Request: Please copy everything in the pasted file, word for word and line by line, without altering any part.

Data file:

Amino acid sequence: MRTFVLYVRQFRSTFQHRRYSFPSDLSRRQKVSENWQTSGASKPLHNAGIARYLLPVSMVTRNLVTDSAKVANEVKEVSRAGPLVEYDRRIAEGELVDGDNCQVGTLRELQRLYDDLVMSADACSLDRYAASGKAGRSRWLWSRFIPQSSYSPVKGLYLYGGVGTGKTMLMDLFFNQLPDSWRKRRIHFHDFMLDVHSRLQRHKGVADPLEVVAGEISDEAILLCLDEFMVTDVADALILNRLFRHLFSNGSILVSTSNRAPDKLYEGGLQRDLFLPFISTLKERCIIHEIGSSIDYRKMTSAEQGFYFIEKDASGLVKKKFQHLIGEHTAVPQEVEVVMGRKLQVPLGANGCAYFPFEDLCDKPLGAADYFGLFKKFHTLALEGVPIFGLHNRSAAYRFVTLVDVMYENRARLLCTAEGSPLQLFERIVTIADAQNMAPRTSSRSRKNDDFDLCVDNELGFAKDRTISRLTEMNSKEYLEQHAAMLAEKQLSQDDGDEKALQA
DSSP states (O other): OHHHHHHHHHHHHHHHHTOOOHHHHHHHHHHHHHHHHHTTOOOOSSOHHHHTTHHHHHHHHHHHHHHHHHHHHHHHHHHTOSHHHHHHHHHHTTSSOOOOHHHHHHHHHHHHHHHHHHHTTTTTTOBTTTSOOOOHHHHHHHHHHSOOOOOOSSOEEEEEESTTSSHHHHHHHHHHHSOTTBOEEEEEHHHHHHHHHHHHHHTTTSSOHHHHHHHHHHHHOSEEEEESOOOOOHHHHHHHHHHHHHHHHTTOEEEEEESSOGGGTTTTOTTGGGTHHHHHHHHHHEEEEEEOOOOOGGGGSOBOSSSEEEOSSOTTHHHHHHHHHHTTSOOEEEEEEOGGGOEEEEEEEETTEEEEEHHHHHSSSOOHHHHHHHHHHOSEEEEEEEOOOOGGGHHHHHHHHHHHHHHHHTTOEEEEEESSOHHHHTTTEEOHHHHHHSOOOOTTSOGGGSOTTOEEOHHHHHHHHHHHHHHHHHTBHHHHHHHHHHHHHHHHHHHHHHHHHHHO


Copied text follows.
Amino acid sequence: MRTFVLYVRQFRSTFQHRRYSFPSDLSRRQKVSENWQTSGASKPLHNAGIARYLLPVSMVTRNLVTDSAKVANEVKEVSRAGPLVEYDRRIAEGELVDGDNCQVGTLRELQRLYDDLVMSADACSLDRYAASGKAGRSRWLWSRFIPQSSYSPVKGLYLYGGVGTGKTMLMDLFFNQLPDSWRKRRIHFHDFMLDVHSRLQRHKGVADPLEVVAGEISDEAILLCLDEFMVTDVADALILNRLFRHLFSNGSILVSTSNRAPDKLYEGGLQRDLFLPFISTLKERCIIHEIGSSIDYRKMTSAEQGFYFIEKDASGLVKKKFQHLIGEHTAVPQEVEVVMGRKLQVPLGANGCAYFPFEDLCDKPLGAADYFGLFKKFHTLALEGVPIFGLHNRSAAYRFVTLVDVMYENRARLLCTAEGSPLQLFERIVTIADAQNMAPRTSSRSRKNDDFDLCVDNELGFAKDRTISRLTEMNSKEYLEQHAAMLAEKQLSQDDGDEKALQA
DSSP states (O other): OHHHHHHHHHHHHHHHHTOOOHHHHHHHHHHHHHHHHHTTOOOOSSOHHHHTTHHHHHHHHHHHHHHHHHHHHHHHHHHTOSHHHHHHHHHHTTSSOOOOHHHHHHHHHHHHHHHHHHHTTTTTTOBTTTSOOOOHHHHHHHHHHSOOOOOOSSOEEEEEESTTSSHHHHHHHHHHHSOTTBOEEEEEHHHHHHHHHHHHHHTTTSSOHHHHHHHHHHHHOSEEEEESOOOOOHHHHHHHHHHHHHHHHTTOEEEEEESSOGGGTTTTOTTGGGTHHHHHHHHHHEEEEEEOOOOOGGGGSOBOSSSEEEOSSOTTHHHHHHHHHHTTSOOEEEEEEOGGGOEEEEEEEETTEEEEEHHHHHSSSOOHHHHHHHHHHOSEEEEEEEOOOOGGGHHHHHHHHHHHHHHHHTTOEEEEEESSOHHHHTTTEEOHHHHHHSOOOOTTSOGGGSOTTOEEOHHHHHHHHHHHHHHHHHTBHHHHHHHHHHHHHHHHHHHHHHHHHHHO